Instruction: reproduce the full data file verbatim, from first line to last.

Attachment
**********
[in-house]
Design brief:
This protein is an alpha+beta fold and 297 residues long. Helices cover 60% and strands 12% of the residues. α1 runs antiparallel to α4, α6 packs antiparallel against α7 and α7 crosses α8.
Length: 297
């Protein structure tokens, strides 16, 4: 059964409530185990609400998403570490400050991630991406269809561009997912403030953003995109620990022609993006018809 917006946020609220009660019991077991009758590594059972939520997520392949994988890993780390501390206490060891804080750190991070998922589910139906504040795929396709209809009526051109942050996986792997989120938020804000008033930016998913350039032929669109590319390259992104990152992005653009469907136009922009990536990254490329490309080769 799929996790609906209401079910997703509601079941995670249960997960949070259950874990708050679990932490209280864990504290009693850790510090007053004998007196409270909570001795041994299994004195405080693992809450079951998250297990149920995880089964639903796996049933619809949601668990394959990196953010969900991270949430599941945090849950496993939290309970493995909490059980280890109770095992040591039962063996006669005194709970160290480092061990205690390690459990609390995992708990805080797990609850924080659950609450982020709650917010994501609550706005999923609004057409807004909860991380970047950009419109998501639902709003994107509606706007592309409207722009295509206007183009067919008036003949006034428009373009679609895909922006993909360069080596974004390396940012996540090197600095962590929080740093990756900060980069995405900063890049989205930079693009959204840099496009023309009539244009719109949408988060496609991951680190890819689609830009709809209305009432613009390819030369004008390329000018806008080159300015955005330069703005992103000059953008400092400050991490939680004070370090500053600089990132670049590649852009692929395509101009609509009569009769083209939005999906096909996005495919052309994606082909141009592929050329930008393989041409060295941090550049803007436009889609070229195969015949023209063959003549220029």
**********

[in-house]
Design brief:
This protein is an alpha+beta fold and 297 residues long. Helices cover 60% and strands 12% of the residues. α1 runs antiparallel to α4, α6 packs antiparallel against α7 and α7 crosses α8.
Length: 297
């Protein structure tokens, strides 16, 4: 059964409530185990609400998403570490400050991630991406269809561009997912403030953003995109620990022609993006018809 917006946020609220009660019991077991009758590594059972939520997520392949994988890993780390501390206490060891804080750190991070998922589910139906504040795929396709209809009526051109942050996986792997989120938020804000008033930016998913350039032929669109590319390259992104990152992005653009469907136009922009990536990254490329490309080769 799929996790609906209401079910997703509601079941995670249960997960949070259950874990708050679990932490209280864990504290009693850790510090007053004998007196409270909570001795041994299994004195405080693992809450079951998250297990149920995880089964639903796996049933619809949601668990394959990196953010969900991270949430599941945090849950496993939290309970493995909490059980280890109770095992040591039962063996006669005194709970160290480092061990205690390690459990609390995992708990805080797990609850924080659950609450982020709650917010994501609550706005999923609004057409807004909860991380970047950009419109998501639902709003994107509606706007592309409207722009295509206007183009067919008036003949006034428009373009679609895909922006993909360069080596974004390396940012996540090197600095962590929080740093990756900060980069995405900063890049989205930079693009959204840099496009023309009539244009719109949408988060496609991951680190890819689609830009709809209305009432613009390819030369004008390329000018806008080159300015955005330069703005992103000059953008400092400050991490939680004070370090500053600089990132670049590649852009692929395509101009609509009569009769083209939005999906096909996005495919052309994606082909141009592929050329930008393989041409060295941090550049803007436009889609070229195969015949023209063959003549220029």